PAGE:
HC 96 = 1§51. διέδεξέ τε ἐν τούτοισι ὁ θεὸς ὡς ἄμεινον εἴη ἀνθρώπῳ τεθνάναι μᾶλλον ἢ ζώειν. 22 ἀλλ’ ἄγε μοι τὸν ὄνειρον ὑπόκριναι καὶ ἄκουσον. 23 HR 23. 21

340 false and what is true about his own heroic identity as defined by his sense of justice, which is being challenged by the injustices inflicted on him by the suitors. 13§25. In this light, we can see further dimensions in the meaning of krinein, from which the compound form hupo-krinesthai is derived. This verb krinein, in the active voice, can be translated as ‘interpret’ when combined with the noun opsis ‘vision’ as its object (Herodotus 7.19.1-2) or with enupnion ‘dream’ as its object (Herodotus 1.120.1).24 It is a question of interpreting-in-performance. In the middle voice, hupokrinesthai suggests that the performer is interpreting for himself as well as for others.25 The basic idea of hupokrinesthai, then, is to see the real meaning of what others see and to quote back, as it were, what this vision is really telling them.26

Variations in discriminating between justice and injustice 13§26. In discriminating between what is heroic and unheroic, derivatives forms of krinein can refer to moral questions that shape the very foundations of poetry. There is a shining example in the Hesiodic Theogony, describing legal actions taken by an ideal king:

Hour 13 Text F |81 Whosoever among sky-nourished kings is honored [timân] by these daughters of great Zeus [= the Muses]27 |82 and is beheld by them when he is born, |83 for such a man they pour sweet dew upon his tongue, |84 and from his mouth flow sweet words. The people, |85 all of them, look towards him as he sorts out [dia-krinein] the divine laws [themis plural] |86 by way of straight judgments [dikai]. And he, speaking without stumbling |87 and with his powers of understanding, can even put an end to a great quarrel [neikos].28 |88 It is for this reason that there are kings, kings with good thinking [phrenes], namely, because when people |89 are wronged in the assembly [agorā], they [= the kings] can turn things right around for them, |90 quite easily, speaking in a deflecting way by using soft words. |91 And when he [= the just king] goes to a gathering [agōn], the people turn to him as if he were a god, |92 because of his gentle command of respect [aidōs], and he stands out among the assembled. |93 Such is the sacred gift of the Muses for humankind. |94 For it is because of the Muses and far-shooting Apollo |95 that there are singers [aoidoi] and players of the lyre [kitharis] on this earth. |96 And it is because of Zeus that there are kings. Blessed [olbios] is he whom the Muses |97 love. And a sweet voice [audē] flows from his mouth.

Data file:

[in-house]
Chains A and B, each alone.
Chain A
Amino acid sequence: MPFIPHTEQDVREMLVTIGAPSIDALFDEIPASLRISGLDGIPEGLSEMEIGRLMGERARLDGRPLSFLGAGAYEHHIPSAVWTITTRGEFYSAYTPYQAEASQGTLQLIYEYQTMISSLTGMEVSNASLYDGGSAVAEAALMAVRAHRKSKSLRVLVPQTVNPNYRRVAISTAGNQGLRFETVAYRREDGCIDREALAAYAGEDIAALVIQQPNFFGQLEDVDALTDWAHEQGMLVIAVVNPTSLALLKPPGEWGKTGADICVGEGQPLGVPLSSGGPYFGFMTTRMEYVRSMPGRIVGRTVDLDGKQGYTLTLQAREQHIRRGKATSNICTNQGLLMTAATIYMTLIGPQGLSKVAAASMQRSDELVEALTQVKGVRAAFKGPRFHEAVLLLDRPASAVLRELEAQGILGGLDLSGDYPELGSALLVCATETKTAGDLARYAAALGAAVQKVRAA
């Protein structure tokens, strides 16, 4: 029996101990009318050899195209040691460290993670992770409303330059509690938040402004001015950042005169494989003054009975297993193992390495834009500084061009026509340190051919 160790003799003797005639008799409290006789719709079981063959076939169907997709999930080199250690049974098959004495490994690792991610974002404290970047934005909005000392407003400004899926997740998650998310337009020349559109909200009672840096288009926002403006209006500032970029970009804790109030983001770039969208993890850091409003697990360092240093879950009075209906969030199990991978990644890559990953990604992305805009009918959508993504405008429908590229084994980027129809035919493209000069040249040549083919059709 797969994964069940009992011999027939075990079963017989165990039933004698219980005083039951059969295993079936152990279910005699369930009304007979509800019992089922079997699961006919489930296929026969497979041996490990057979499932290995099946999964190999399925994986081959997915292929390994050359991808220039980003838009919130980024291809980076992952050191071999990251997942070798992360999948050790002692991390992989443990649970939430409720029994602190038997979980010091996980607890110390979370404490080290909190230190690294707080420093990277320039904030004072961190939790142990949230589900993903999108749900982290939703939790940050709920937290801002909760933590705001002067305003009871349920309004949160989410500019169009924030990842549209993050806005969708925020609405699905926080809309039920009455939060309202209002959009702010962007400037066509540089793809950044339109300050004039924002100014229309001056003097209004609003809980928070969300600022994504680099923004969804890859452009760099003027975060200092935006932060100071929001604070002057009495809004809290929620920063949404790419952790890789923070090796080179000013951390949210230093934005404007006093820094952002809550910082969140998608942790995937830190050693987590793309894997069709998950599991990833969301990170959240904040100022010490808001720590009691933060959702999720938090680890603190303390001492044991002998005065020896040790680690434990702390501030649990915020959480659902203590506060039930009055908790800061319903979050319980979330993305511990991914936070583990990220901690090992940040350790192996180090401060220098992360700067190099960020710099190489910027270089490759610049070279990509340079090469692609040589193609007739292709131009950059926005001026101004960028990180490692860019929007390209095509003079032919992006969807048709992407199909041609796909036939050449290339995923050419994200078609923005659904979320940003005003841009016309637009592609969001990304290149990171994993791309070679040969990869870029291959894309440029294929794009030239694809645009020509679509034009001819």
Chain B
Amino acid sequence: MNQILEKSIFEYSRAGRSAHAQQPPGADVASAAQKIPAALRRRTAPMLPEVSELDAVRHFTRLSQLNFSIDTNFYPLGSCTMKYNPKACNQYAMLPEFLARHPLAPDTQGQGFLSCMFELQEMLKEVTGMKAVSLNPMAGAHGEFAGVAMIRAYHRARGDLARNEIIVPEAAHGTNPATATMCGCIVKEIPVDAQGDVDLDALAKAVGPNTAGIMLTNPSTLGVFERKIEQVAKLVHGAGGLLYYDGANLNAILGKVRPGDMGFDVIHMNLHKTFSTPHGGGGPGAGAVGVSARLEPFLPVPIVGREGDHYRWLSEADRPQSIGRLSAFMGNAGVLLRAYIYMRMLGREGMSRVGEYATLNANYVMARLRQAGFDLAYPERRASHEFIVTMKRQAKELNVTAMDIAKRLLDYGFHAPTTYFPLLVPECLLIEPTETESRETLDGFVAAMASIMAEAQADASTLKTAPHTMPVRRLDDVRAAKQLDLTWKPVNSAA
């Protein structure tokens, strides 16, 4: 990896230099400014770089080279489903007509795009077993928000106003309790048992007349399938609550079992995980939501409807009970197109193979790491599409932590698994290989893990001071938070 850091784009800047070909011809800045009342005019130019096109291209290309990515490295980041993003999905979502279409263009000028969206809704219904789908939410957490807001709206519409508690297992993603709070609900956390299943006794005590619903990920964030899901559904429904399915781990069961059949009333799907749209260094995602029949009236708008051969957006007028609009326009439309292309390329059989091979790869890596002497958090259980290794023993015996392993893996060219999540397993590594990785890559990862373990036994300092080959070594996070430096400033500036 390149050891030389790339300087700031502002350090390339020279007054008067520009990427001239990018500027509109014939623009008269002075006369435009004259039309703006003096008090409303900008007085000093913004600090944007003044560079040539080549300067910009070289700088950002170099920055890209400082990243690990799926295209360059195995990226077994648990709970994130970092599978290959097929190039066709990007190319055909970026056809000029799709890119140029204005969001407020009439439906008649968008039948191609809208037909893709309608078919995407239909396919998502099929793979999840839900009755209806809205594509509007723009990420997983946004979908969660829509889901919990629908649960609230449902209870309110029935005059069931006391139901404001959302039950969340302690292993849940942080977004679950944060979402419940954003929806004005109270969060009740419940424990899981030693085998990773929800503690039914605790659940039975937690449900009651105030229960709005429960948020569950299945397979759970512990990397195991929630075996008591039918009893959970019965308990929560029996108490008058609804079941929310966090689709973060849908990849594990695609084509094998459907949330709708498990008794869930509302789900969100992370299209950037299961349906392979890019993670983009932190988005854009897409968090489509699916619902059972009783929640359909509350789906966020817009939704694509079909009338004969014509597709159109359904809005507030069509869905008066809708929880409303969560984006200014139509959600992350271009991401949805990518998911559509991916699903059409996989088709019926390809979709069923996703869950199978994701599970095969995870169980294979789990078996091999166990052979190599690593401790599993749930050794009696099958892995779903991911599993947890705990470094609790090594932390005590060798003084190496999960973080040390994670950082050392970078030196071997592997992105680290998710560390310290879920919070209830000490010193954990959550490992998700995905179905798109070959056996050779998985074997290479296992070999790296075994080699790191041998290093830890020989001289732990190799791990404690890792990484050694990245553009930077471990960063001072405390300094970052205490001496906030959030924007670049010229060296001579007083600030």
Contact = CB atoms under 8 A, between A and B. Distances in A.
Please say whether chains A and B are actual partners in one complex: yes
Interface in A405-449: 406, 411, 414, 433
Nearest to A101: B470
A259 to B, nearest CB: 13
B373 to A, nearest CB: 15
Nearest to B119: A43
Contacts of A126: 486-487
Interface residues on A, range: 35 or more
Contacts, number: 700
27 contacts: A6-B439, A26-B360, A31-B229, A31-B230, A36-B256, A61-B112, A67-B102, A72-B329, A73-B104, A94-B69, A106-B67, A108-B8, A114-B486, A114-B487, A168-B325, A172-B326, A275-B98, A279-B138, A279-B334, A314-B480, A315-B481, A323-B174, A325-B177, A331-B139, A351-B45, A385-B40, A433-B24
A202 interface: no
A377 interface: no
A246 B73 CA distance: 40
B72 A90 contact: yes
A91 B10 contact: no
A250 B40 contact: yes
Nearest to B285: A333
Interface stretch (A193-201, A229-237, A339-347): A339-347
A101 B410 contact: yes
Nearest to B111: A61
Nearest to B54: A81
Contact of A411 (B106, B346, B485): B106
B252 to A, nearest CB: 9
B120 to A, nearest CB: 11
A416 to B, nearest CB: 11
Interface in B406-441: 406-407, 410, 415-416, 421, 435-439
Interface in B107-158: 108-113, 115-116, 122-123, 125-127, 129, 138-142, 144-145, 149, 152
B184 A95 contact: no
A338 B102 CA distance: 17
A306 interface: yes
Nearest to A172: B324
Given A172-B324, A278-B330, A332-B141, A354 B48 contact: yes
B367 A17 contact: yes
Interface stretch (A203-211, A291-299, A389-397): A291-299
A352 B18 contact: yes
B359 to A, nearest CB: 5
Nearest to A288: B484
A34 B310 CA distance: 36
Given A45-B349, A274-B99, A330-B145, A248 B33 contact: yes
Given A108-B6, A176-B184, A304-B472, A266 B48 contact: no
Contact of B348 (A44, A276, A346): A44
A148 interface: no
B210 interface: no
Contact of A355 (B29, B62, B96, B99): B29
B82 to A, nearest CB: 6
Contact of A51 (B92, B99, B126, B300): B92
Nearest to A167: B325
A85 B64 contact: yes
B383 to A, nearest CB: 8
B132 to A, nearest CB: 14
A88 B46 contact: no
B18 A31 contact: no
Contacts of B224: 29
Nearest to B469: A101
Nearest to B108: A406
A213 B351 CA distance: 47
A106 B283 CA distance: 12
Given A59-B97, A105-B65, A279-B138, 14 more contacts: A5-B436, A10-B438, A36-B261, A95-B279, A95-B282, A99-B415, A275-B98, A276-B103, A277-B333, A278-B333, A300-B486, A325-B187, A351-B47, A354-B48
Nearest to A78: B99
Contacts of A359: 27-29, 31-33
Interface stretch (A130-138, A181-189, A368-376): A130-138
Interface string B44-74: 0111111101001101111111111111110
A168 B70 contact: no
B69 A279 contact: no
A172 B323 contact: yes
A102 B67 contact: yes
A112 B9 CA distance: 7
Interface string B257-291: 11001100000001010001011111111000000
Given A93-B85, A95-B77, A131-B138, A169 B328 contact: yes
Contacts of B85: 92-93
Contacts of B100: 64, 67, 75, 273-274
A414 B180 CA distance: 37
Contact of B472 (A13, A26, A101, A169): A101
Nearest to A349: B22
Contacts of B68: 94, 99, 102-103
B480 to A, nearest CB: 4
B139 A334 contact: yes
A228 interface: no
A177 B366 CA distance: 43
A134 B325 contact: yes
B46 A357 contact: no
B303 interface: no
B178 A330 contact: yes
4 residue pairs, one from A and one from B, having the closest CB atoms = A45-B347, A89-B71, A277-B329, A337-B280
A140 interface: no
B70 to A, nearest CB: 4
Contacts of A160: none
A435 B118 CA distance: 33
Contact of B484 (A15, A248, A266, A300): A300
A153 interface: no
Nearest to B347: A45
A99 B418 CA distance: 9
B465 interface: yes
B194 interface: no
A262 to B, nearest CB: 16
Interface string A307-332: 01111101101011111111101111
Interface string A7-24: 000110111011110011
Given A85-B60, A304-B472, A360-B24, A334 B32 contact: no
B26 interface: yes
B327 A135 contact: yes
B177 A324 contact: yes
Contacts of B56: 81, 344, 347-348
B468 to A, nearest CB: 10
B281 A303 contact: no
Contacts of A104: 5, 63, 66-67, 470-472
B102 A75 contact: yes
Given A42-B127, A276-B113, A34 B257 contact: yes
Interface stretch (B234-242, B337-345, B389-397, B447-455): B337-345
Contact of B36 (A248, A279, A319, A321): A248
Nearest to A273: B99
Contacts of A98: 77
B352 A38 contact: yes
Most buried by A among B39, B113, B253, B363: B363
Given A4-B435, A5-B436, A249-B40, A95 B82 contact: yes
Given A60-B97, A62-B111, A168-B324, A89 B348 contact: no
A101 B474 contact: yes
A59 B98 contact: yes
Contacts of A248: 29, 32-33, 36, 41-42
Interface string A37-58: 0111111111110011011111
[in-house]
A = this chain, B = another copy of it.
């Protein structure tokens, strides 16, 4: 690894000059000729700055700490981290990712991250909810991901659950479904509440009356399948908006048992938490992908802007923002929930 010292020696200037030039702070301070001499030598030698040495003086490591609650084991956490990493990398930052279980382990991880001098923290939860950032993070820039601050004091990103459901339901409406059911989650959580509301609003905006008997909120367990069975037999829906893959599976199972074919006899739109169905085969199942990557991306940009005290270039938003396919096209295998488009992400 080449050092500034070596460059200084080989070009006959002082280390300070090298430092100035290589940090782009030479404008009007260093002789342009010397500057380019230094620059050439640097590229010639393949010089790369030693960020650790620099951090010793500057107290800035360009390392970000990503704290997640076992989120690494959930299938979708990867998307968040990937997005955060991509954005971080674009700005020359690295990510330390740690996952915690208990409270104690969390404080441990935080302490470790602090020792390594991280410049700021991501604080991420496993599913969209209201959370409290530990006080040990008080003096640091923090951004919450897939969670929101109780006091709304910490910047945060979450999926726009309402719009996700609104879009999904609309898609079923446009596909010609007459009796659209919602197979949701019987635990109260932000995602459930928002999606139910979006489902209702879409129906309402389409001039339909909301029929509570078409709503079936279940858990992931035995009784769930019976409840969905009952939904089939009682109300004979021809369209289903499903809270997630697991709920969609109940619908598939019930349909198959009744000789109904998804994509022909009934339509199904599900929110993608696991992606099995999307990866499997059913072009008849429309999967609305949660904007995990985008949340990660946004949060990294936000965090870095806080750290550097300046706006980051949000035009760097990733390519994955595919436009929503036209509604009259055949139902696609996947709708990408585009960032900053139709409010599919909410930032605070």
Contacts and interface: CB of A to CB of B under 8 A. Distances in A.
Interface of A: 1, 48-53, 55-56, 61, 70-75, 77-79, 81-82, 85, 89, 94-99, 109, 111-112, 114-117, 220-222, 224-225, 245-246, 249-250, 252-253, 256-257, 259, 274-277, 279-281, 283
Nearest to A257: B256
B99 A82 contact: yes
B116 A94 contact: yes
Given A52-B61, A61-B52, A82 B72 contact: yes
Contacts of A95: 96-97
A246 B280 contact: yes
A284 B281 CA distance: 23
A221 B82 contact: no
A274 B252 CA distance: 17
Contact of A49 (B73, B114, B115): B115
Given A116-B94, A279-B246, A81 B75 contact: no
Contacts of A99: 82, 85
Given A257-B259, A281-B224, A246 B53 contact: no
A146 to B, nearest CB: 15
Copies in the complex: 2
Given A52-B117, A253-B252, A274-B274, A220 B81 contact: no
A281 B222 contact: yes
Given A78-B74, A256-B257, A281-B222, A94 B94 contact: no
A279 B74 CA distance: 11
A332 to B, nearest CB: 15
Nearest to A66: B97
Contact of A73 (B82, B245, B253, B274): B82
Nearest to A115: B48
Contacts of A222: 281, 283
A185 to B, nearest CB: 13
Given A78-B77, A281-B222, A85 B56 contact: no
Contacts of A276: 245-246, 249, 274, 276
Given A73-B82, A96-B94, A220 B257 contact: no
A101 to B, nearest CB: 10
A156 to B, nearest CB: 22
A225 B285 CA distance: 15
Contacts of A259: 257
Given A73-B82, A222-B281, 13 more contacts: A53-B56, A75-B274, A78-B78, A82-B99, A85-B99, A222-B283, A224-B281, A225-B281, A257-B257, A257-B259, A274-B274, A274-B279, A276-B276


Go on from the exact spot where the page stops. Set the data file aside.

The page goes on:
24

Koller 1957:101. Koller 1957:102. 26 HC 152 = 1§158, following HR 37-38. 27 Earlier in the Hesiodic Theogony (80), one Muse in particular, Kalliope, is described as the patroness of kings. 28 Compare the context of neikos at Works and Days 35. 25

341 Hesiod Theogony 81-9729 13§27. As we have just seen at verse 85 here, the ideal king diakrinei ‘sorts out’ what is themis ‘divine law’ and what is not. And the king can do this, as we read at verse 86, by way of his dikai ‘judgments’. This way, as we will now see in the Hesiodic Works and Days, the ideal king is the representative of Zeus on earth, since it is Zeus himself who ithunei ‘makes straight’ the themistes ‘divine laws’:

Hour 13 Text G |1 Muses of Pieria, you who make glory [kleos] with your songs, |2 come and tell of Zeus, making a song about your father, |3 on account of whom there are mortals both unworthy of talk and worthy, |4 both worth speaking of and not—all on account of great Zeus. |5 Easily he gives power, and just as easily he ruins the powerful. |6 Easily he diminishes the distinguished, and magnifies the undistinguished. |7 Easily he makes straight the crooked and withers the overweening |8 - Zeus, the one who thunders on high, who lives in the highest abode. |9 Heed me, seeing and hearing as you do, and with justice [dikē] make straight [ithunein] the divine laws [themis plural]. |10 While you do that, I am ready to tell genuine [etētuma] things to Perses. Hesiod Works and Days 1-1030 13§28. At verse 9 here, we see also that Zeus is straightening the themistes ‘divine laws’ by way of his own dikē. In this absolutizing context, both the short-term meaning of dikē as ‘judgment’ and its long-term meaning as ‘judgment’ are fused in the absolute figure of Zeus. Only for Zeus is a ‘judgment’ the same thing as ‘justice’. And this absolute model can now absolutely validate the figure of Hesiod himself. As we have just read in Works and Days verses 9-10, the dikē of Zeus is in action while Hesiod talks to Perses. So the action of Zeus is the same thing as the speech of Hesiod. That is how Hesiod becomes the ultimate master of the speech act. For background on this term speech act, I refer back to Hour 2§§41-43. 29